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Clinical Empathy and the Patient Provider Relationship
November 27, 2019
by Dozie Ezerioha, MD
Thanksgiving is Thursday, so it’s nearly time to break out the stretchy pants. To be honest, my favorite part of Thanksgiving is actually the day after -- when I can put mashed potatoes on my cold turkey sandwiches without shame. However, I start thinking about what I’m grateful for at least a week in advance. For 2019, I’m focusing on one aspect of digital health that improves the lives of patients and providers alike. This year, I’m particularly grateful for the way that digital health facilitates clinical empathy.
BARRIERS TO CLINICAL EMPATHY
Physicians face a serious dilemma when it comes to empathy. On one hand, they have to keep a certain distance from their patients to ensure that clinical objectivity remains intact. On the other hand, a good bedside manner mandates a low threshold for understanding a patient’s plight. “Detached empathy” seems to evade the very purpose of emotional connection.
The prevalence of physician burnout further complicates the doctor’s ability to provide empathic care. A study conducted by Medscape shows that over 40% of American physicians suffer from symptoms of burnout. Characterized by feelings of physical and emotional exhaustion, depersonalization, and a reduction in self-worth, it’s unsurprising that our burnt-out physicians are not always able to meet us with the understanding that we need.
IMPORTANCE OF CLINICAL EMPATHY
Patients expect (and deserve) empathy from all of their care providers. At the end of the day, they are people, not just bodies to be treated. When used in conjunction with objective reasoning, empathy improves care quality and solidifies trust in the patient-provider relationship. Detachment from patients can make them feel unheard and dismissed on a human level. Research also shows that clinical empathy “is beneficial to the patient (e.g. compliance, positive clinical outcomes, and fewer complications) and also serves as a buffer against professional stress and burnout.”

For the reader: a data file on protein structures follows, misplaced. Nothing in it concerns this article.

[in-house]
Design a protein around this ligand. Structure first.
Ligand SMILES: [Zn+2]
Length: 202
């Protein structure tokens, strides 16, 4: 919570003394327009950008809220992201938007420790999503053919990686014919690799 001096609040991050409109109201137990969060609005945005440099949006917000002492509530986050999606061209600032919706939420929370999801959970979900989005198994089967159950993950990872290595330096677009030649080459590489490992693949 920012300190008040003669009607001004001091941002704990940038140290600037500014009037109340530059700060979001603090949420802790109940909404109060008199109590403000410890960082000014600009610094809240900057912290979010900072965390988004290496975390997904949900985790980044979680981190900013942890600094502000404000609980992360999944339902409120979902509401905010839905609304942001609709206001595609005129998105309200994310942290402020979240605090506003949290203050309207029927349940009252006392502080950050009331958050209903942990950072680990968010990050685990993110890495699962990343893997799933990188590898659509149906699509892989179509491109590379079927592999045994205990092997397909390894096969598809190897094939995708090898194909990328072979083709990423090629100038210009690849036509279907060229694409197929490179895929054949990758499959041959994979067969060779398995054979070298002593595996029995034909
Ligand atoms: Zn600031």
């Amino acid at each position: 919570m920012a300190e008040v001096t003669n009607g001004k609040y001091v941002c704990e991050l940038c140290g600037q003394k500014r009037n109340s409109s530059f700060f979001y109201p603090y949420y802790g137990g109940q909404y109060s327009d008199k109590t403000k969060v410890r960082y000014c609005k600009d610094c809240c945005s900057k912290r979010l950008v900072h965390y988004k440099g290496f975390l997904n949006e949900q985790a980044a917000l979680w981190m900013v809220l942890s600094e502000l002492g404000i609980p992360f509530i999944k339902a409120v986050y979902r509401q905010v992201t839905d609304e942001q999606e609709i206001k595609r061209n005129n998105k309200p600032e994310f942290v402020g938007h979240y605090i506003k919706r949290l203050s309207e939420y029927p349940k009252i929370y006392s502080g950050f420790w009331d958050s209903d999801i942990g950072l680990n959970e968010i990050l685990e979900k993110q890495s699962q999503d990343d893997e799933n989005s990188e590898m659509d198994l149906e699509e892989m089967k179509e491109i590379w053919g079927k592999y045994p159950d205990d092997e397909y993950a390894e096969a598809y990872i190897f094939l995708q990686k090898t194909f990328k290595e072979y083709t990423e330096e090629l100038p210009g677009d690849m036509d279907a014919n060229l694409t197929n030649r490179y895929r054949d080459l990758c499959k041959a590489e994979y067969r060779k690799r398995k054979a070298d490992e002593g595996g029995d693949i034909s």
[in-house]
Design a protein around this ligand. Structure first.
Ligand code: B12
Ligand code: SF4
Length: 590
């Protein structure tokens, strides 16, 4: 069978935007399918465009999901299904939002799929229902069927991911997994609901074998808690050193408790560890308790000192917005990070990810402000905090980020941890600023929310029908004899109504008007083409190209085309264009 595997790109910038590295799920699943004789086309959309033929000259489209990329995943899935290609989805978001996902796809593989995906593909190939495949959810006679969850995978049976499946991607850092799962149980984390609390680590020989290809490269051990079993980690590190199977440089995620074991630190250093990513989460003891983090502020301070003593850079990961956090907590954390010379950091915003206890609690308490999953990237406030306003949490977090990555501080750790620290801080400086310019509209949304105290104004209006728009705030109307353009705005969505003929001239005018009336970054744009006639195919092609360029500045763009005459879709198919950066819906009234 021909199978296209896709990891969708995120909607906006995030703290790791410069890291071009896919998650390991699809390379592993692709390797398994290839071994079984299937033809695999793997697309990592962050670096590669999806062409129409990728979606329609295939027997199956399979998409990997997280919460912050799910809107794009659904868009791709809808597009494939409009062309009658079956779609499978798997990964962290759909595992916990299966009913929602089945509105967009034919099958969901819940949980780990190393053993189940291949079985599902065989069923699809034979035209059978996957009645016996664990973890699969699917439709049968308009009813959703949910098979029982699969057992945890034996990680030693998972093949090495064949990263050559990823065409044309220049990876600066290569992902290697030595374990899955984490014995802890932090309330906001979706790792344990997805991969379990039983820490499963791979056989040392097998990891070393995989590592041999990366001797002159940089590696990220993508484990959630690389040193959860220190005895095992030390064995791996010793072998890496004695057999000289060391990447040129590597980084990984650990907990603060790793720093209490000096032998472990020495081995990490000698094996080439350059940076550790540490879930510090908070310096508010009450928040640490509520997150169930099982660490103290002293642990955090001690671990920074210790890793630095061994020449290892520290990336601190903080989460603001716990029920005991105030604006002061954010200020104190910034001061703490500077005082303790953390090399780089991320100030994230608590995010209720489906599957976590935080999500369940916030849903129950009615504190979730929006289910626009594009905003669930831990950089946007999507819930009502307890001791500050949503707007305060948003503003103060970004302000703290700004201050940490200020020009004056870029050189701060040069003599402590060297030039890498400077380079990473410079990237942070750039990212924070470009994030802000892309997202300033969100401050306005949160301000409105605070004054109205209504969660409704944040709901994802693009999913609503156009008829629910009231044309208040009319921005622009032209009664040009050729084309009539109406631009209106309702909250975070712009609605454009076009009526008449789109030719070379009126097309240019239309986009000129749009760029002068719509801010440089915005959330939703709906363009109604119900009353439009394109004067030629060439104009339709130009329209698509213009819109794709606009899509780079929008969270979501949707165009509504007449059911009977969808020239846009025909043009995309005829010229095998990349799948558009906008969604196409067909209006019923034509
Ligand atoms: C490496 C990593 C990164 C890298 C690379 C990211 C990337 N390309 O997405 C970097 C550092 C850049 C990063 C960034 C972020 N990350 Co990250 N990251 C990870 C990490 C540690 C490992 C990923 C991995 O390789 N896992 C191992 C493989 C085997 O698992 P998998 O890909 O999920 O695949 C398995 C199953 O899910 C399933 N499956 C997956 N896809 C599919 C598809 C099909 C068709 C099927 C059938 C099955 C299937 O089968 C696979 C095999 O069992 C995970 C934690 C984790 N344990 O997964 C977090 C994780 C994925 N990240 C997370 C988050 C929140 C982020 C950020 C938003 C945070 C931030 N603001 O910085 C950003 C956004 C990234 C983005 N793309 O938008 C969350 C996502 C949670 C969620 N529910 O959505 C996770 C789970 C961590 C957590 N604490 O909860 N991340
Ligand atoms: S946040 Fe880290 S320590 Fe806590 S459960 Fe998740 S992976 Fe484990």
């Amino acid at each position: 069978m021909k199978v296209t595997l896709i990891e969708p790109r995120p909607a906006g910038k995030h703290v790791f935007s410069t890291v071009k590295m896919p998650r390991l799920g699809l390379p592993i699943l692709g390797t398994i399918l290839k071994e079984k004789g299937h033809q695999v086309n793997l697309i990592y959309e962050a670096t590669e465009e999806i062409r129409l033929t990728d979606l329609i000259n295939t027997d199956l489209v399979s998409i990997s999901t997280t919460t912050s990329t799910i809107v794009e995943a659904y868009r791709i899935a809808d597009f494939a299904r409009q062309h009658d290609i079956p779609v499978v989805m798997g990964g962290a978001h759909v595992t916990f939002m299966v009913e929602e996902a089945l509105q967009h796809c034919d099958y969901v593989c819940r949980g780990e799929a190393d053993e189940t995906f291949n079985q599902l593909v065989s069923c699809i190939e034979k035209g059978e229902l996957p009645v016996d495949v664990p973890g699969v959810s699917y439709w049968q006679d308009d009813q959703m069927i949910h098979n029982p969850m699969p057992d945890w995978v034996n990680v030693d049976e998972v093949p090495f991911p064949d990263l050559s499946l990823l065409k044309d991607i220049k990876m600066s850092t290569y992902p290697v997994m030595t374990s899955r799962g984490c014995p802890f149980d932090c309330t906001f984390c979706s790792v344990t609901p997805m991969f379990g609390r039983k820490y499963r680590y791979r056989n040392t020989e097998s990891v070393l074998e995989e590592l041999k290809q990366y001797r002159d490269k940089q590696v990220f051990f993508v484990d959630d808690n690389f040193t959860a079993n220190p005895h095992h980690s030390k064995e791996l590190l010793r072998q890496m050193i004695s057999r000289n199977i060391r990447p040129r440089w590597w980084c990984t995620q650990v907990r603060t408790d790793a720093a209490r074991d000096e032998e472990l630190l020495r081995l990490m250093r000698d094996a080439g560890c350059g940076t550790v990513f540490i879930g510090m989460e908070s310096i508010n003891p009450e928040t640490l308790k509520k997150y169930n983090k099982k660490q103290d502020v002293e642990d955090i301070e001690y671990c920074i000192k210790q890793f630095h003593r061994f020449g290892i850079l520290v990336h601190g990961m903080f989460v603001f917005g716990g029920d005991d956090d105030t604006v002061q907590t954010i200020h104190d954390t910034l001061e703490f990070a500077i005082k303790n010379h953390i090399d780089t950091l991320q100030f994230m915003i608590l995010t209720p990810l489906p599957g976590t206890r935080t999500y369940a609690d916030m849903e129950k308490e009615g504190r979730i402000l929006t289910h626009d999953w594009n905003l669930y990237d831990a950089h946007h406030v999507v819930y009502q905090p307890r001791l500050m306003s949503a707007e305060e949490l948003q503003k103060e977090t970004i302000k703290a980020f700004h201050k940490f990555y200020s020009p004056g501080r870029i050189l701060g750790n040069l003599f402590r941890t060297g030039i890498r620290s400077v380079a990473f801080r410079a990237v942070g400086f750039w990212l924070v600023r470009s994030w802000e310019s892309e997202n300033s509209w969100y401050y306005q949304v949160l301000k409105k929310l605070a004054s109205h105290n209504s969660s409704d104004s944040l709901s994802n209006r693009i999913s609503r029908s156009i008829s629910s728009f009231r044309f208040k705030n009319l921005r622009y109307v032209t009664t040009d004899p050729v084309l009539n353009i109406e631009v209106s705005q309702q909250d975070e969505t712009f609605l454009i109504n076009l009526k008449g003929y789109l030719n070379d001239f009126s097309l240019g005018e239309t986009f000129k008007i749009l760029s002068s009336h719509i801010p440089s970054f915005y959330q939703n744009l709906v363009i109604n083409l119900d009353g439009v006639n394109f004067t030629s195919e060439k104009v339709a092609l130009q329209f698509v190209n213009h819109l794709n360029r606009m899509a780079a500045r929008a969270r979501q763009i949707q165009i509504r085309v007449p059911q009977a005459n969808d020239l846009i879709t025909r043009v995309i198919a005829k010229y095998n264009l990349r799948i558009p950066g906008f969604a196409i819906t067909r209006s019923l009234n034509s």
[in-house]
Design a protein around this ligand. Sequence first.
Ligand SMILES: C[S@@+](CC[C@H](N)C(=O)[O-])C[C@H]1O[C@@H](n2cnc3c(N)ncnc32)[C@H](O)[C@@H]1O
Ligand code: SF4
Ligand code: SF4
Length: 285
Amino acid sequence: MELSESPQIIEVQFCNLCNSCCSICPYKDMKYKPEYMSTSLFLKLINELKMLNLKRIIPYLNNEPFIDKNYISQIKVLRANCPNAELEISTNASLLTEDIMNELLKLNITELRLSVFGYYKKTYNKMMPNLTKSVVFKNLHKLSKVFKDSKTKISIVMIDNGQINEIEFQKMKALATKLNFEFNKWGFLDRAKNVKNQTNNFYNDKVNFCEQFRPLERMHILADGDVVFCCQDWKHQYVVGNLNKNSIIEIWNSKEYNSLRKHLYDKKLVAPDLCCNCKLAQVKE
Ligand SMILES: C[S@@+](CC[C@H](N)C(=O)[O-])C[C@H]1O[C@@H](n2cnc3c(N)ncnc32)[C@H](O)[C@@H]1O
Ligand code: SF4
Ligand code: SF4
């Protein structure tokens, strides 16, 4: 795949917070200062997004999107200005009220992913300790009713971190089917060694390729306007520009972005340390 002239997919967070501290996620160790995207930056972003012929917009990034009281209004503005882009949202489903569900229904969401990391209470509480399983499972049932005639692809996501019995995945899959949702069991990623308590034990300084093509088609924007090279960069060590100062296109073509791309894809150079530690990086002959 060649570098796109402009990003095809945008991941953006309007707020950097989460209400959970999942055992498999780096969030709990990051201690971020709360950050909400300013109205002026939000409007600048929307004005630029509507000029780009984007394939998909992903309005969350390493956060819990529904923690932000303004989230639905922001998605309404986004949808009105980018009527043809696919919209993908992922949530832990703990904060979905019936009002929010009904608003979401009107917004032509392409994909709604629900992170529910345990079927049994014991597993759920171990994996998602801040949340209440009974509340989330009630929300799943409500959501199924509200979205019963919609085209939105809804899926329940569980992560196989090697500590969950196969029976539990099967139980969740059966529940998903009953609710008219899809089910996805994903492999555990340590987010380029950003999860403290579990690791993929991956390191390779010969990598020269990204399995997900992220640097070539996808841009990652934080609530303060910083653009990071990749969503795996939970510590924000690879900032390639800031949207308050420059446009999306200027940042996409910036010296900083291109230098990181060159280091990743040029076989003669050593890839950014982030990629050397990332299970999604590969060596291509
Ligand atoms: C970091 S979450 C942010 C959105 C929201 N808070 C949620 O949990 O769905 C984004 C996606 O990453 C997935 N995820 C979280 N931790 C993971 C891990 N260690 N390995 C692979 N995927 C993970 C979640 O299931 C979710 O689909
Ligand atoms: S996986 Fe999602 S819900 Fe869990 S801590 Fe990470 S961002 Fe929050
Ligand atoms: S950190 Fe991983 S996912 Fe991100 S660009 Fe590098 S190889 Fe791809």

Although we expect physicians to perform like a well-oiled machine, they also deserve (and need) to enjoy appropriate rapport with their patients. In her article, Dr. Jodi Halpern describes that “during moments of empathic connection, the real meaning of medical practice is suddenly illuminated… Physicians who allow their patients to move them enrich their own experience of doctoring”. By offering compassion, they receive it in return, often in the form of patient gratitude.
DIGITAL CLINICAL EMPATHY
Though “digital empathy” might sound like an oxymoron, I guarantee that it’s not. Digital tools have paved the way for Connected Health and offer patients the ability to interact far more with their clinicians. Many remote monitoring solutions also drastically reduce providers’ workloads, allow proactive risk management, and promote patient interaction.
Solutions like PatientOne actually strengthen the patient-provider relationship. Automated daily check-ins ask relevant questions at relevant times. Taking the initiative to check on patients even when they’re at home relieves anxieties and improves trust. Without barriers to care like distance and clogged phone lines, patients are able to contact their clinicians at anytime - and they’re encouraged to do so. This is important. PatientOne turns the classic, detached patient-provider relationship into a reciprocal one.
Empathy is essential for high-quality care. Health IT helps reduce symptoms of physician burnout so that providers can spend more time caring for their patients -- not just treating them. Increased patient interactions (even though remote) help establish rapport, provide better insights into patient conditions, and greatly improve patient satisfaction. Your patients deserve to know that they are not alone. This holiday season, consider giving the gift of Connected Health. You’ll be thankful you did.
Dr. Dozie Ezerioha is the Chief Medical Informatics Officer at PatientOne. For almost a decade, he’s tackled healthcare’s most pressing real-world challenges by finding ways to fix the system to deliver better outcomes. Dozie’s background in life sciences, engineering and medicine, and his passion for optimizing the patient healthcare experience, drives his patient-centric approach to building innovative health technology.